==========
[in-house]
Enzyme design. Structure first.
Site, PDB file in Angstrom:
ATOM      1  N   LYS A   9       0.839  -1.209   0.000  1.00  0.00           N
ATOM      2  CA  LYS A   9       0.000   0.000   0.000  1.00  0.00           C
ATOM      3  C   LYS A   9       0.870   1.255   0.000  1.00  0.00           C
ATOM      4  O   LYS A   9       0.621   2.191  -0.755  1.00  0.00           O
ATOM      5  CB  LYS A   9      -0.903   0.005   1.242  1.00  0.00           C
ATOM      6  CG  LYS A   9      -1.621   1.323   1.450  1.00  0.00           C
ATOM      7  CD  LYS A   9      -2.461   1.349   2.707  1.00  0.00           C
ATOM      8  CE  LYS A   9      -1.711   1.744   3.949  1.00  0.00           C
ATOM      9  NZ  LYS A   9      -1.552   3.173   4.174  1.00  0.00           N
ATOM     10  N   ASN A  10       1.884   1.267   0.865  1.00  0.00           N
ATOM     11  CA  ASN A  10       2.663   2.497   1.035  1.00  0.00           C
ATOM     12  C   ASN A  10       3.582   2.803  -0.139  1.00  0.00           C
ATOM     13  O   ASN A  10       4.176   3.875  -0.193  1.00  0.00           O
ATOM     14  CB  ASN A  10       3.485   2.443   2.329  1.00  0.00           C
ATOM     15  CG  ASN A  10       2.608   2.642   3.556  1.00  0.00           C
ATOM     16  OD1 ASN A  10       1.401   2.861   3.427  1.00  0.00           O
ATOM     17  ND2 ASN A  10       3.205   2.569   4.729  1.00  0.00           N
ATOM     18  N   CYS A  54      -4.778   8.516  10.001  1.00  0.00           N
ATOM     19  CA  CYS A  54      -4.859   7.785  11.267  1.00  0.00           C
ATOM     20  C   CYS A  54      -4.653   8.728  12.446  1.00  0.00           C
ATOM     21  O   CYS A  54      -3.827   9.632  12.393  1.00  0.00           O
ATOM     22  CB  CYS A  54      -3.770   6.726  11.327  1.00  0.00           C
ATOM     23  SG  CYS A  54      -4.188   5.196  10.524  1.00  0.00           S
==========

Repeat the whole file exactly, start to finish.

[in-house]
Enzyme design. Structure first.
Site, PDB file in Angstrom:
ATOM      1  N   LYS A   9       0.839  -1.209   0.000  1.00  0.00           N
ATOM      2  CA  LYS A   9       0.000   0.000   0.000  1.00  0.00           C
ATOM      3  C   LYS A   9       0.870   1.255   0.000  1.00  0.00           C
ATOM      4  O   LYS A   9       0.621   2.191  -0.755  1.00  0.00           O
ATOM      5  CB  LYS A   9      -0.903   0.005   1.242  1.00  0.00           C
ATOM      6  CG  LYS A   9      -1.621   1.323   1.450  1.00  0.00           C
ATOM      7  CD  LYS A   9      -2.461   1.349   2.707  1.00  0.00           C
ATOM      8  CE  LYS A   9      -1.711   1.744   3.949  1.00  0.00           C
ATOM      9  NZ  LYS A   9      -1.552   3.173   4.174  1.00  0.00           N
ATOM     10  N   ASN A  10       1.884   1.267   0.865  1.00  0.00           N
ATOM     11  CA  ASN A  10       2.663   2.497   1.035  1.00  0.00           C
ATOM     12  C   ASN A  10       3.582   2.803  -0.139  1.00  0.00           C
ATOM     13  O   ASN A  10       4.176   3.875  -0.193  1.00  0.00           O
ATOM     14  CB  ASN A  10       3.485   2.443   2.329  1.00  0.00           C
ATOM     15  CG  ASN A  10       2.608   2.642   3.556  1.00  0.00           C
ATOM     16  OD1 ASN A  10       1.401   2.861   3.427  1.00  0.00           O
ATOM     17  ND2 ASN A  10       3.205   2.569   4.729  1.00  0.00           N
ATOM     18  N   CYS A  54      -4.778   8.516  10.001  1.00  0.00           N
ATOM     19  CA  CYS A  54      -4.859   7.785  11.267  1.00  0.00           C
ATOM     20  C   CYS A  54      -4.653   8.728  12.446  1.00  0.00           C
ATOM     21  O   CYS A  54      -3.827   9.632  12.393  1.00  0.00           O
ATOM     22  CB  CYS A  54      -3.770   6.726  11.327  1.00  0.00           C
ATOM     23  SG  CYS A  54      -4.188   5.196  10.524  1.00  0.00           S